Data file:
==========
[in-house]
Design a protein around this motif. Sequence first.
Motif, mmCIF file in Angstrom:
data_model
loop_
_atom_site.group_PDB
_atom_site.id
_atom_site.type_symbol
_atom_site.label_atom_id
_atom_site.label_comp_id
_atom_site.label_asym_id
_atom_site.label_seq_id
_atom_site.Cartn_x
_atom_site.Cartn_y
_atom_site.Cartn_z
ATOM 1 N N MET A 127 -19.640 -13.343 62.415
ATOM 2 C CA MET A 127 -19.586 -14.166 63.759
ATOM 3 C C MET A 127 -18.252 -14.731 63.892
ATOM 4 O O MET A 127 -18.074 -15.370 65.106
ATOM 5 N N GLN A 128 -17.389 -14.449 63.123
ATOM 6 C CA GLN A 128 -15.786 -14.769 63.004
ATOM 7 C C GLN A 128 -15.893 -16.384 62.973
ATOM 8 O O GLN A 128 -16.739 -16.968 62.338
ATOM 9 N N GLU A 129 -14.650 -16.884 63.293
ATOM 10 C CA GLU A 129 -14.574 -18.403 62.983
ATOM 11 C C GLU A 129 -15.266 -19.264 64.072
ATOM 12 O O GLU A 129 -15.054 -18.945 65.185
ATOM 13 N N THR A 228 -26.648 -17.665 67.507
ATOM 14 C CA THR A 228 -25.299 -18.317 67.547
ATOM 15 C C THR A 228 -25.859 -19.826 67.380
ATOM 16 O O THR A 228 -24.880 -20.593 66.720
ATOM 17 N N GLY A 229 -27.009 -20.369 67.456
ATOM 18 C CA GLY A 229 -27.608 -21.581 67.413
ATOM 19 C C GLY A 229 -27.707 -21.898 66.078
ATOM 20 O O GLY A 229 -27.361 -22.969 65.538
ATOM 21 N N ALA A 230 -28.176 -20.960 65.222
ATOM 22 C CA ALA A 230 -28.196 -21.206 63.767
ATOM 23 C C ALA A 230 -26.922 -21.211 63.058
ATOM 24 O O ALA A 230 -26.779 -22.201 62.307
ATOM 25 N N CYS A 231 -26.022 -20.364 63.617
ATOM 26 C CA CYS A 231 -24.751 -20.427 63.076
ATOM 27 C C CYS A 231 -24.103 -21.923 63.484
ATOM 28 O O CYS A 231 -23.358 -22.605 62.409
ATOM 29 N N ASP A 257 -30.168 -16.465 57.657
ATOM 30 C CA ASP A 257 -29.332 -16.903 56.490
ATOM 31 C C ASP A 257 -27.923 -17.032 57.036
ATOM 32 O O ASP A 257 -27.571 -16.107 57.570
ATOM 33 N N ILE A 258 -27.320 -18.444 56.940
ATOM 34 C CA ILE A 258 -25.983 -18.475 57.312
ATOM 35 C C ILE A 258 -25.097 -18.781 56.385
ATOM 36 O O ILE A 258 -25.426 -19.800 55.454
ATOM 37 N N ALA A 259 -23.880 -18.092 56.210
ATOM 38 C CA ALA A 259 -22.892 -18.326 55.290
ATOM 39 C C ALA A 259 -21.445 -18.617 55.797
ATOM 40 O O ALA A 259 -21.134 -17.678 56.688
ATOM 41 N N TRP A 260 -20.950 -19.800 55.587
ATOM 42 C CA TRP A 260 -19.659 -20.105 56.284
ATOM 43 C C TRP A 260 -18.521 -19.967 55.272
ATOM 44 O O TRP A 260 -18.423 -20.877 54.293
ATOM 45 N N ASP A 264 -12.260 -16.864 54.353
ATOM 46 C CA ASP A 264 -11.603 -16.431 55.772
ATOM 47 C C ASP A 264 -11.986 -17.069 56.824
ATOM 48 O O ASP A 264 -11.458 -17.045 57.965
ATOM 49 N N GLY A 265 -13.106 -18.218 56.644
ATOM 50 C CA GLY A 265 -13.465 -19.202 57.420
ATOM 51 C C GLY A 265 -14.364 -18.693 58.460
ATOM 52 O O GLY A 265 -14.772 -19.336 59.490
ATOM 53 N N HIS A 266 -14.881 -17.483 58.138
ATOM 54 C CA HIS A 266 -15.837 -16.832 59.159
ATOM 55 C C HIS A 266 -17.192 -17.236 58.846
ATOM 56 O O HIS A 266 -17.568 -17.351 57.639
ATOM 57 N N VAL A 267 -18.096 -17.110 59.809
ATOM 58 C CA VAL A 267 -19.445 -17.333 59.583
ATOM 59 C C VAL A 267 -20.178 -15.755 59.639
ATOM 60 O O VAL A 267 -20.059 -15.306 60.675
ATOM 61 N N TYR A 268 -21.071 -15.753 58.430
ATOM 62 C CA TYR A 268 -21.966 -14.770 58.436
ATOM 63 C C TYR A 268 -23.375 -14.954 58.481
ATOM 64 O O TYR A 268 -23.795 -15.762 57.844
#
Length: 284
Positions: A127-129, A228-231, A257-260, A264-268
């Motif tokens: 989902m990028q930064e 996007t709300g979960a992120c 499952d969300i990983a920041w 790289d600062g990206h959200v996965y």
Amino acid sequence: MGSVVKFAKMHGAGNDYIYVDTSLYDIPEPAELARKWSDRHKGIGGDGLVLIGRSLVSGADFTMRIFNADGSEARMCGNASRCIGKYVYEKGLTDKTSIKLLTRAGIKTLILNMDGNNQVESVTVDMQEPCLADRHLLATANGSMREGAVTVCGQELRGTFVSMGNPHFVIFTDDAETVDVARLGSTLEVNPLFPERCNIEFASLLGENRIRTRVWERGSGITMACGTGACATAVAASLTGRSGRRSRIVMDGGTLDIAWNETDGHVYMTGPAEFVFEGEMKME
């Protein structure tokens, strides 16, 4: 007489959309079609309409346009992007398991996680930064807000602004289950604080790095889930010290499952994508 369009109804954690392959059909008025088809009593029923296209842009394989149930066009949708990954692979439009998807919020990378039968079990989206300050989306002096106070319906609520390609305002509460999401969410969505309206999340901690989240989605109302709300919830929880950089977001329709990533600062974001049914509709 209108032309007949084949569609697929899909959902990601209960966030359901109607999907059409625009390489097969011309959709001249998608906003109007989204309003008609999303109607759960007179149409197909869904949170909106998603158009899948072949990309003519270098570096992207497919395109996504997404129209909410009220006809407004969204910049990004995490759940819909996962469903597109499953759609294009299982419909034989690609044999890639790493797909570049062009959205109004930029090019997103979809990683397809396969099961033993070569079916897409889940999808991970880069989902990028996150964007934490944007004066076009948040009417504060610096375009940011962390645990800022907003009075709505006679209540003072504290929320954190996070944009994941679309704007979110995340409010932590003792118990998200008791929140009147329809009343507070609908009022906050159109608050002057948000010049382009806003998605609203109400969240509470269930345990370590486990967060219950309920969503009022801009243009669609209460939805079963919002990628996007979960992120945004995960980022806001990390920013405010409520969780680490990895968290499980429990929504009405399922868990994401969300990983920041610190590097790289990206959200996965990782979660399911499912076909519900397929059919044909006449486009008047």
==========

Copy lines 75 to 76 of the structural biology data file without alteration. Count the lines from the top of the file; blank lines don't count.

ATOM 60 O O VAL A 267 -20.059 -15.306 60.675
ATOM 61 N N TYR A 268 -21.071 -15.753 58.430